There's nothing taken away from my win last year off of that, and there's nothing taken away from Danny Willett's win at the Masters this year. The more you look at it, there's no pictures on scorecards. You just count them up at the end of 72. You can dissect everything in between because that's kind of how we dissect it because we want to learn from the good and the bad. You guys dissect it because that's the news on the round and how the tournament played out.

But ultimately, when I look back, I don't remember Dustin's putt. I remember us winning the U.S. Open.

Q. Is there any part of you that feels sorry for him? And when was the first time you ran into him after it was over?
JORDAN SPIETH: It was very soon after, as he was actually approaching the scoring tent. He couldn't have been classier. I didn't know what to say. He was just, hey, great playing. Really happy for you. And just kind of went in to sign his card.

And I know Dustin really well. We've played a lot of golf together, and I really enjoy spending time with him and playing golf with him. I don't remember what I said to him. I think I said just thank you at that point.

I did, yeah, I certainly felt bad for him. I would have ultimately liked him to have made the second putt, and I would have liked to have beat him on Monday. But, again, 72 holes, add them up, and we ended up one stroke ahead.

Q. Jordan, you spoke about learning from the good and the bad. We always hear players talk about learning more in defeat than victory, but what did you learn from your victory last year?
JORDAN SPIETH: Winning a U.S. Open is a different experience than winning at any other venue. You learn that literally anything can happen, especially out here where the way the course is set up right now, the way the rough and the bunkers, with the amount of sand that's in the bunkers, the fact that it's very rare to be able to hit a green in regulation from a fairway bunker.

If you don't hit fairways on the last five holes, you could lose a four- or five-shot lead like that. Just not even doing anything wrong. You can hit decent shots that just barely miss the fairway. And all of a sudden, you have to do well to have ten feet for par.

It was still kind of that way at Chambers Bay, even though there was no rough. Anything could happen towards the end. I mean, I made that putt on 16, and I was so amped up that I got to 17, and just a slight lapse in concentration, just playing the wrong shot, an unnecessary shot at the time, and here we go. It's not mine to win anymore. Now I've got to play 18 well.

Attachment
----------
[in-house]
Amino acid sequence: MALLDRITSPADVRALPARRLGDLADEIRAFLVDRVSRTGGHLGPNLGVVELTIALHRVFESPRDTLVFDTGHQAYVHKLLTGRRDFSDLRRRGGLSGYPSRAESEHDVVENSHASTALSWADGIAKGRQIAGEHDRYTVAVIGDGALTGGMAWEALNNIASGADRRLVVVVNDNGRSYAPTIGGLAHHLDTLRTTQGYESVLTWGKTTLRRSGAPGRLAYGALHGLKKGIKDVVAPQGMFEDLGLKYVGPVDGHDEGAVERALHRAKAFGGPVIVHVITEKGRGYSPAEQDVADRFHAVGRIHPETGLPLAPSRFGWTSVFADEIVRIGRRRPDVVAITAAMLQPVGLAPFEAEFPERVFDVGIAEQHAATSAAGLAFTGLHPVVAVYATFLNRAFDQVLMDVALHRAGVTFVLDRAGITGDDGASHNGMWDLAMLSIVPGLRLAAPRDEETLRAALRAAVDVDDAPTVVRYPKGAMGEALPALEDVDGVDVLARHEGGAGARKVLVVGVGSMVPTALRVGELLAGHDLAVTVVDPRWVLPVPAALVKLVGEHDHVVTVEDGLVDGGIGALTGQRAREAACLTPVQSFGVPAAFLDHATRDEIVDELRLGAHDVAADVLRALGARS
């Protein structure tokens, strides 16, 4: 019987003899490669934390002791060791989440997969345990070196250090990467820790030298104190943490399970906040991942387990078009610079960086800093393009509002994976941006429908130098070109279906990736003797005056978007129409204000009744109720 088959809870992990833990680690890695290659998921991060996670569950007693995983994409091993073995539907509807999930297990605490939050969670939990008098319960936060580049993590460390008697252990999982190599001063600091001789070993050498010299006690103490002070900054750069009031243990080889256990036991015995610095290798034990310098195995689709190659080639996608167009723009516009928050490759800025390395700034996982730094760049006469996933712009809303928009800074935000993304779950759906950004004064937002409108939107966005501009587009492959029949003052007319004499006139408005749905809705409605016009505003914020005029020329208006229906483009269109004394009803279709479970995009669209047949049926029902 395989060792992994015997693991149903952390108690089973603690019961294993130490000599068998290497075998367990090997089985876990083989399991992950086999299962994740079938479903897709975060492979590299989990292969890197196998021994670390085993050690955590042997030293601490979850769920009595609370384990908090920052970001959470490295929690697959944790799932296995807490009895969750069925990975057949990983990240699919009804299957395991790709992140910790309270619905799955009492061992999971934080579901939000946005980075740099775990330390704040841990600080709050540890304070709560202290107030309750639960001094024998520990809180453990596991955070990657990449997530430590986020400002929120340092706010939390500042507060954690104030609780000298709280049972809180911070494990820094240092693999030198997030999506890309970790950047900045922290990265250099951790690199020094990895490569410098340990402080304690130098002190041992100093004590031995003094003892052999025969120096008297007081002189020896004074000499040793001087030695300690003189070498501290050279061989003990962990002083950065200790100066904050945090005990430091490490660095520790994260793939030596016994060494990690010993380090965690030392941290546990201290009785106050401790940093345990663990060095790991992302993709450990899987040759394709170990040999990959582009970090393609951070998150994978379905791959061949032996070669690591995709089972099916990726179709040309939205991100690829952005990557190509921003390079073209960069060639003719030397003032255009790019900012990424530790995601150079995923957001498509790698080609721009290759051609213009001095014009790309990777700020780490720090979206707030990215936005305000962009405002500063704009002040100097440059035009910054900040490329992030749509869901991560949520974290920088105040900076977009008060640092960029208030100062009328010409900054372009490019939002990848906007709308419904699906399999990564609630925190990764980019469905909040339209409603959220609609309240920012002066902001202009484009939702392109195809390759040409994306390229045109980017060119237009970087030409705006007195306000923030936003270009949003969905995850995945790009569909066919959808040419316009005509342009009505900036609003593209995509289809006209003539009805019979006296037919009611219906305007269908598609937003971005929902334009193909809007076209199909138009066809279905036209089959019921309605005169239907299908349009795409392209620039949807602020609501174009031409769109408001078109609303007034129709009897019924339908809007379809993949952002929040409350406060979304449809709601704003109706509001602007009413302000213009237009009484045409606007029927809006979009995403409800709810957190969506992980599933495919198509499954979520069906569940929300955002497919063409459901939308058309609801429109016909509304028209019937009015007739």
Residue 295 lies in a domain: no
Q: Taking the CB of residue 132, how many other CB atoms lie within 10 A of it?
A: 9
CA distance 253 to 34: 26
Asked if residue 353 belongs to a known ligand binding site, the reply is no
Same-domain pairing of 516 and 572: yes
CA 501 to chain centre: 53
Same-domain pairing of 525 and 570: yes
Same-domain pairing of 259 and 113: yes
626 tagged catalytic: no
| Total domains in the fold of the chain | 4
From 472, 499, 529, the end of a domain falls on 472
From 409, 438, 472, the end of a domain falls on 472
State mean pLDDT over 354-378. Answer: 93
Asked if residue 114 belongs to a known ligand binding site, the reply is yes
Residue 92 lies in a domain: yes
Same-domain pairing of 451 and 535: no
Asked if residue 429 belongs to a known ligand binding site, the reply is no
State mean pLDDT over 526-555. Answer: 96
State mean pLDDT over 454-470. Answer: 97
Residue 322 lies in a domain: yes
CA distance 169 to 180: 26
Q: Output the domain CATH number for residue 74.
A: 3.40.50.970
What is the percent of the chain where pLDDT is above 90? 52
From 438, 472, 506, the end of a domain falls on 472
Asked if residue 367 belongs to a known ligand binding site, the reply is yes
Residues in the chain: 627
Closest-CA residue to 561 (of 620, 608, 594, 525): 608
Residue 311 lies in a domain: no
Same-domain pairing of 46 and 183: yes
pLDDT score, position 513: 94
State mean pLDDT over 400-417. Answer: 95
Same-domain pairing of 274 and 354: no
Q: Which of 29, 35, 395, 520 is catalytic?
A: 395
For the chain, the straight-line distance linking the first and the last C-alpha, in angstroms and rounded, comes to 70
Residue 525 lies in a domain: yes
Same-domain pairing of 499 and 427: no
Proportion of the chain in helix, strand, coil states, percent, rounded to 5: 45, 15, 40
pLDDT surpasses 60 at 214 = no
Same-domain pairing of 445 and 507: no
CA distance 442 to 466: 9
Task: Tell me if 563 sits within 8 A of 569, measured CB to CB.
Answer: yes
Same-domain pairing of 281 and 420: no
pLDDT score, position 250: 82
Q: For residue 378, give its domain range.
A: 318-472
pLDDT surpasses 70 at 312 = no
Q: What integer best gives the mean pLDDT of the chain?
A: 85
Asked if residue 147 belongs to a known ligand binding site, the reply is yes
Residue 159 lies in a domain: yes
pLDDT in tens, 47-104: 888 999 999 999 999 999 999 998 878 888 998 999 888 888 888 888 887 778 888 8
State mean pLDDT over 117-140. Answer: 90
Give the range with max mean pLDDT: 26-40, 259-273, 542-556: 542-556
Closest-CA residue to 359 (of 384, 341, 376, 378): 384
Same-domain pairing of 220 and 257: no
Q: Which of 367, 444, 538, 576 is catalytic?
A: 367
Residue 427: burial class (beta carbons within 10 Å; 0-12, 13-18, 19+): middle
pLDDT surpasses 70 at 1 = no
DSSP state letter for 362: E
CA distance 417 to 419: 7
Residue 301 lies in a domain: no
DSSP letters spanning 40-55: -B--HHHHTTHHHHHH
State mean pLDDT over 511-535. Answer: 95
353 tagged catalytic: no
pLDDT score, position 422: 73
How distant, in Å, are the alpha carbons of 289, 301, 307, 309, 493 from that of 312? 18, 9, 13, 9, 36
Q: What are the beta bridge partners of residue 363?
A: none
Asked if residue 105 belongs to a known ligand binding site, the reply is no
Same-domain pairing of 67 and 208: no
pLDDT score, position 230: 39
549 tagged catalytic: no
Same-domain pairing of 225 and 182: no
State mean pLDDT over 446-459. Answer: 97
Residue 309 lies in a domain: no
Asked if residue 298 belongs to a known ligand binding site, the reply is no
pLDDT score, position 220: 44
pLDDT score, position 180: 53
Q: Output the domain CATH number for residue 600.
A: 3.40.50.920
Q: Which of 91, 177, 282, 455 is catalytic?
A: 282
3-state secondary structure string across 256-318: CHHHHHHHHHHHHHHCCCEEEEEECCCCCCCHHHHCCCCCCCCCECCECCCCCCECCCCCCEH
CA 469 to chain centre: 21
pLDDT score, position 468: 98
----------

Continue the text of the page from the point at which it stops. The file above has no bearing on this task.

So as much as I speak to Major Championships being like two events in one, you have to have the patience for two rounds each round, it's no more relevant than at a U.S. Open.

Q. Hi, Jordan. Question from Japanese TV station. A young player like yourself and Hideki Matsuyama, every year you can improve so much. How much did you improve since last year when you win a championship? And how much Hideki improve since the last year? And also, do you expect him to challenge you this year at the U.S. Open?
JORDAN SPIETH: I think I'm in the process of improving what we've been working on the whole year. It feels really good right now. My game feels great. I've had actually very similar results the last year. At least, from our point of view, that's how we're viewing it. And if we have a year that we think is similar to last year every year, we're going to be really, really pleased.

So, yes, we're always trying to improve. I think my long iron play has gotten better, which is certainly something I was looking at. And I think my putting stayed very solid this year. We've been making putts when they've counted. So, yeah, I think we're in a good position.

Hideki, I'm not sure. I very much respect his game, and he's really, really nice to me, he and his caddie. We call him Bubba Shendo. They're very, very nice. You'd have to ask him how he's improved since last year, but very impressive game.

And, yes, I think he's definitely a threat at a course like this. His game, he hits the ball very long and hits a nice, straight ball flight. So I think he's certainly someone that will challenge this golf course.

Q. Jordan, getting back a little bit to the Dustin thing, as it relates to you, you had (no microphone) made this year. Dustin hasn't come (no microphone). Can you put into words how much more difficult it might have been for you to come through Augusta had you not already accomplished that?
JORDAN SPIETH: I honestly don't think it's fair to give an answer just because I don't know, and it's hard for me to imagine. I think it would just make that next hump, just any kind of victory after that be that much harder. It was definitely difficult at Colonial. I really felt it there. That was a huge week for us, especially to win before any of the next Majors. If we can get ourselves in contention there, I can draw back on Colonial, what happened at the end there. I think it would have been that much harder.

But it's hard for me to speak to it. I felt like 2014 at the Masters was bit of a heartbreak, even though there were no expectations. I didn't know what to expect out of the Masters. It was my first one.

So I wouldn't say I went into '15 and was thinking too much about '14. By that point, I thought I belonged more and belonged in the contention in Majors. I just had more under my belt, more experiences.

Hard to speak to if 2016 Masters had happened before I'd won any Majors.

Q. You talked about dissecting, and we dissect things. How did you dissect, or have you dissected No. 12 at Augusta?